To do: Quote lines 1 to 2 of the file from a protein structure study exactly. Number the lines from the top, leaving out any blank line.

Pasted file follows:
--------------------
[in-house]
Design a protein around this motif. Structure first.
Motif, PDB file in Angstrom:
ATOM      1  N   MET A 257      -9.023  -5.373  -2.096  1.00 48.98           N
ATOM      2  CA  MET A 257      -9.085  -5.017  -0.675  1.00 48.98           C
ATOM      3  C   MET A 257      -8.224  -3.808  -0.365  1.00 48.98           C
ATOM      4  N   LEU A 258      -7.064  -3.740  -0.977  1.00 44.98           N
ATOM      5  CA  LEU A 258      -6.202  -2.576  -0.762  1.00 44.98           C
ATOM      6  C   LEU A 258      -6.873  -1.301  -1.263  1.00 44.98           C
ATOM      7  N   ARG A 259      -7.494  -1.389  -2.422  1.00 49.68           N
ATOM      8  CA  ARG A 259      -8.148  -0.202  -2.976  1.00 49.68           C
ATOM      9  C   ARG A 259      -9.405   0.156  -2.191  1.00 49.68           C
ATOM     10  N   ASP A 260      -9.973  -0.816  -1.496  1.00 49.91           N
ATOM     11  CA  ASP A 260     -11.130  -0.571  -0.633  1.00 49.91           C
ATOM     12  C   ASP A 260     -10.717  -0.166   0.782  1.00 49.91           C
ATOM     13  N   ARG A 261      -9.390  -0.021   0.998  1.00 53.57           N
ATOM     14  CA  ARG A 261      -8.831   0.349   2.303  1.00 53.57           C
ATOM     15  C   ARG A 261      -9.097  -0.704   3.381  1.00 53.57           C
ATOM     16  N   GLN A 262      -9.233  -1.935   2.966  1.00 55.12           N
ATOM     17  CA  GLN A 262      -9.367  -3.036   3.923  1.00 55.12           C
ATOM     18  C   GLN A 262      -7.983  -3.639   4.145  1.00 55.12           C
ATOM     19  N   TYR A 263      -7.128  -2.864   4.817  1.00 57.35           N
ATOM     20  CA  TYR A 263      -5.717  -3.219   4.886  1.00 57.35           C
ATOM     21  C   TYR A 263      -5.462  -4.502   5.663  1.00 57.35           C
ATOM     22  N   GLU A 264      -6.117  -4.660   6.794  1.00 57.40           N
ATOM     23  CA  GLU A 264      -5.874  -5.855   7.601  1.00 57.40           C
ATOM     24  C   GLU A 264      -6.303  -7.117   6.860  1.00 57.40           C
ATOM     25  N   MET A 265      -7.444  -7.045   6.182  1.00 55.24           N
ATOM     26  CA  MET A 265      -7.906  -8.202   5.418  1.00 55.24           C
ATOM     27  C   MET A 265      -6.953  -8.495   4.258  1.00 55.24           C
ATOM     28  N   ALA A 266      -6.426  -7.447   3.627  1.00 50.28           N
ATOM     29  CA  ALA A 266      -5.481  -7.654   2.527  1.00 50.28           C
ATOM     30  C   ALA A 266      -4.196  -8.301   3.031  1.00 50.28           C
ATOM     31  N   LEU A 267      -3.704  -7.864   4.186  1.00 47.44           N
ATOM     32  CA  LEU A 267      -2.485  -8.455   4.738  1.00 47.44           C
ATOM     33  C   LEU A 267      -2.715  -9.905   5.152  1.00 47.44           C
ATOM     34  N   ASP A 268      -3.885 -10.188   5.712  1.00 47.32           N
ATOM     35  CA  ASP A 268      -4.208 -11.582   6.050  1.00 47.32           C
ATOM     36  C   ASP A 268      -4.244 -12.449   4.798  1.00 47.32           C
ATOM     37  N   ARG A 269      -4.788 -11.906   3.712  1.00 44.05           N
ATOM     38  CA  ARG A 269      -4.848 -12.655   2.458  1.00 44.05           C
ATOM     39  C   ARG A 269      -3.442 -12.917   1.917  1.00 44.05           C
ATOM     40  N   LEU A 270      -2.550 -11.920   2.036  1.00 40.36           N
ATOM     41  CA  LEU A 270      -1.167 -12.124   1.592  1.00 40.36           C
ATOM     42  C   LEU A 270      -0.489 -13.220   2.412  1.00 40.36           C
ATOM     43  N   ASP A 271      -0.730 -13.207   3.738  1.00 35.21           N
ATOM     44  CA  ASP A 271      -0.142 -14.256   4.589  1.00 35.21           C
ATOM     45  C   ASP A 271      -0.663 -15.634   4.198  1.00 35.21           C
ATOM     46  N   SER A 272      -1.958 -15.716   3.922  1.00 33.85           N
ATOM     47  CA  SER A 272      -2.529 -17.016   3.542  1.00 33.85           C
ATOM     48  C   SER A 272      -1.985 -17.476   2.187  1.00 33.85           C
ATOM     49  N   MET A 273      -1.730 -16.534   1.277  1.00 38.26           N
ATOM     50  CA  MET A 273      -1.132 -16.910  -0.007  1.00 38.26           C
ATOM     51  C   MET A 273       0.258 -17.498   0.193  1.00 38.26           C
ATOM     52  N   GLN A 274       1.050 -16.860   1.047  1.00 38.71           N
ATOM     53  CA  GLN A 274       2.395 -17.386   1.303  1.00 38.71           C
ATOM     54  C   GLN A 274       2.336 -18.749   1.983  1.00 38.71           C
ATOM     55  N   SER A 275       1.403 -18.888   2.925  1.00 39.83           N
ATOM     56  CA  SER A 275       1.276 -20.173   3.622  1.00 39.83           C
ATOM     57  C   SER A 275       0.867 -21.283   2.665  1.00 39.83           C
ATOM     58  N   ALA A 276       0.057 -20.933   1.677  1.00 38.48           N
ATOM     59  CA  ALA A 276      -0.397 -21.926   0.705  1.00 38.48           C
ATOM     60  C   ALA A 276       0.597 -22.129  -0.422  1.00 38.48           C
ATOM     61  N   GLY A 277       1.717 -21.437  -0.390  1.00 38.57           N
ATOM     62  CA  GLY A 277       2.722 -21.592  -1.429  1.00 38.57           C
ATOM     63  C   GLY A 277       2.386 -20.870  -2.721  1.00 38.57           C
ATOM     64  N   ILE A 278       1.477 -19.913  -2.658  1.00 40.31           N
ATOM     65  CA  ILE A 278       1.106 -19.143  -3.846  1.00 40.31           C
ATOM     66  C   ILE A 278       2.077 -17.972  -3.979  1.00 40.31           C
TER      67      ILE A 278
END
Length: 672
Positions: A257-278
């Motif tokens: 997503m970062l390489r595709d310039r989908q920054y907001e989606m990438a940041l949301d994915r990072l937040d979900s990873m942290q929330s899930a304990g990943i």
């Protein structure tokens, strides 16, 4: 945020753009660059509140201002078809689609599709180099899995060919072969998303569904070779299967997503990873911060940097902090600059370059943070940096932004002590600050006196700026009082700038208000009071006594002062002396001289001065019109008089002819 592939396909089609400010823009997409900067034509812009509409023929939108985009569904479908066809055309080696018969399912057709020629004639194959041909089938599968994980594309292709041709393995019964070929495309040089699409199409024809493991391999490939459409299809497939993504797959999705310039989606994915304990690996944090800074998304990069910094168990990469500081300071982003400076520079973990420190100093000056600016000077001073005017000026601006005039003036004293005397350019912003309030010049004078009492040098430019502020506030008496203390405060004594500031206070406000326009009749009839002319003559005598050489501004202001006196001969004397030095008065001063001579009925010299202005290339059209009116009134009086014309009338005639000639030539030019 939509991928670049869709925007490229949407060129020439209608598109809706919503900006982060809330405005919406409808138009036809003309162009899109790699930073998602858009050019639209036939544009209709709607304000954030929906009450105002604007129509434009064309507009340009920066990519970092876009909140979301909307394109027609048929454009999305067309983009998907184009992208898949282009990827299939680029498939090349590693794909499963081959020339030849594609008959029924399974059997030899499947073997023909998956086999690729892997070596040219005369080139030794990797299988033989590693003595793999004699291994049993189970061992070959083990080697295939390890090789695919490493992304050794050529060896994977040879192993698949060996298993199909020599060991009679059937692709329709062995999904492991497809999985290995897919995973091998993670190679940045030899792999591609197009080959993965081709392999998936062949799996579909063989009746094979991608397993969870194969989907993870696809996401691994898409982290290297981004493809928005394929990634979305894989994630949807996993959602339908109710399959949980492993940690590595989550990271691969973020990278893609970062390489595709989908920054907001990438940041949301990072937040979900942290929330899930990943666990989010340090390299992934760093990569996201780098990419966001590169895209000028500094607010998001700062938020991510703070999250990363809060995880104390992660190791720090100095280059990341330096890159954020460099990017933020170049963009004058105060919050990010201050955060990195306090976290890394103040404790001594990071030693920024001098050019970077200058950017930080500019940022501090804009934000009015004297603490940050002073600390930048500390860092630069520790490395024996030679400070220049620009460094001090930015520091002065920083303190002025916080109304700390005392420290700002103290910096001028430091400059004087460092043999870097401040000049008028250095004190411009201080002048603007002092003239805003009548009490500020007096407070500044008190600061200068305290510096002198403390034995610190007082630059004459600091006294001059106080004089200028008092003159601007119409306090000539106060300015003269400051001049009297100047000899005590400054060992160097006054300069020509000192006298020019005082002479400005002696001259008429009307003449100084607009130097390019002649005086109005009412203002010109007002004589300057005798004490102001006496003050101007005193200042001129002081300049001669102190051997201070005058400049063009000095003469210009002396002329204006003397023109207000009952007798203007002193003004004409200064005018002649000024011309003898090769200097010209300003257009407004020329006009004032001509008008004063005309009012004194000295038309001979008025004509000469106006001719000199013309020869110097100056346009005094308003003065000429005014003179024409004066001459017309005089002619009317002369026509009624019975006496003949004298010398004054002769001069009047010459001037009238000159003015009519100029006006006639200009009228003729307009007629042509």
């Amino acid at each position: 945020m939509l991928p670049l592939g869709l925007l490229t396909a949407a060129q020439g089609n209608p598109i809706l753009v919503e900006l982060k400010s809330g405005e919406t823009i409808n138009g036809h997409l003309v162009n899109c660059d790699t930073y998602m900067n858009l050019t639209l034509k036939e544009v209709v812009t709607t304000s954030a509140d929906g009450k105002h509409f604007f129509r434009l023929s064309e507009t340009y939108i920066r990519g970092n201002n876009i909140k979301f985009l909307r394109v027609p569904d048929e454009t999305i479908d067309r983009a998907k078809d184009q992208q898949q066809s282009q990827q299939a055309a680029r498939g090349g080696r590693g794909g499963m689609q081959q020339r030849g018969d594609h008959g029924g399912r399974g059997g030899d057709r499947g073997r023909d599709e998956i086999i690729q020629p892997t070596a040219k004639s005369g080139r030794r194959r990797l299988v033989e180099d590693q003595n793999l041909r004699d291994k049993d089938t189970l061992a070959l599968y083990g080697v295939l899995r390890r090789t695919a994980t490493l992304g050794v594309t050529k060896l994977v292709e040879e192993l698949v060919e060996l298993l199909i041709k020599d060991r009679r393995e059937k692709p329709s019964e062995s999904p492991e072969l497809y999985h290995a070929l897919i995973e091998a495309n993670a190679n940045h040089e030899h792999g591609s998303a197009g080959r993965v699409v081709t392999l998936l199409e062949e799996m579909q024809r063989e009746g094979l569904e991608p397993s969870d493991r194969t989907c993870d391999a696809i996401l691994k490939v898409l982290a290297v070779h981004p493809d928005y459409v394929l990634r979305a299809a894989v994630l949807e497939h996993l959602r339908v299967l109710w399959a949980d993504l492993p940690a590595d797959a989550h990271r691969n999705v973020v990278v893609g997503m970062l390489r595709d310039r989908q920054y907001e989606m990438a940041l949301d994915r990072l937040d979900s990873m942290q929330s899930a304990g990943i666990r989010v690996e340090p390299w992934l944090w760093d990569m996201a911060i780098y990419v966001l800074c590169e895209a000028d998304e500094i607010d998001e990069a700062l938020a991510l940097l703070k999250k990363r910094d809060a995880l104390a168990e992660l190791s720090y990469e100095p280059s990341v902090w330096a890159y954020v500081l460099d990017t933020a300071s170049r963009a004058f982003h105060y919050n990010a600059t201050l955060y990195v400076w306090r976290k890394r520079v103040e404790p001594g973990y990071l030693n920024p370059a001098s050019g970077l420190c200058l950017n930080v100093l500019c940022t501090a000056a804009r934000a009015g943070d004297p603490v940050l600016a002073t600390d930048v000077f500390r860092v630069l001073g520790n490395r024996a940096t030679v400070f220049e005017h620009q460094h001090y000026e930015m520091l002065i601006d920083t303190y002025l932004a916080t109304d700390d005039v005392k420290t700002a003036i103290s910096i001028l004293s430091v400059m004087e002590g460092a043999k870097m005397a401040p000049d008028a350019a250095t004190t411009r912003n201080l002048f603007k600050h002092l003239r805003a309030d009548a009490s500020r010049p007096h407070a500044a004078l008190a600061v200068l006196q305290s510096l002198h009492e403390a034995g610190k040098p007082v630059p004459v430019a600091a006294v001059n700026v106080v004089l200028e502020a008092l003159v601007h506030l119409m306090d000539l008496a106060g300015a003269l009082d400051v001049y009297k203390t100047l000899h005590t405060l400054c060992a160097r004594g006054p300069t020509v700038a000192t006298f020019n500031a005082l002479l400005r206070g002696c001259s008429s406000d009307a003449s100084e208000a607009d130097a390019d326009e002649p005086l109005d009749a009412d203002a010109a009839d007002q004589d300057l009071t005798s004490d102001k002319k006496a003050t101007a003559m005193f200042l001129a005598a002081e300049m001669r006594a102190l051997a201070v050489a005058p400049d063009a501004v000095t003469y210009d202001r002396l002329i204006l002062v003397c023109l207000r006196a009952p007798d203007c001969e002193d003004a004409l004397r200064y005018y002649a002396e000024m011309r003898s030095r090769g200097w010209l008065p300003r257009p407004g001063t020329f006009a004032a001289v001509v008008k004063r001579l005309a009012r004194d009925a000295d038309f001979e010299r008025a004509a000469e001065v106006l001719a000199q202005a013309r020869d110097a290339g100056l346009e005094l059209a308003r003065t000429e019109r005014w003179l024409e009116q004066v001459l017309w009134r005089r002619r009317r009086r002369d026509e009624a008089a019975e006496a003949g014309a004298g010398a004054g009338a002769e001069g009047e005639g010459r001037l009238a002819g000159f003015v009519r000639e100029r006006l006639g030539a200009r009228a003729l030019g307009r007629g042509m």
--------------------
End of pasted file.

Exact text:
[in-house]
Design a protein around this motif. Structure first.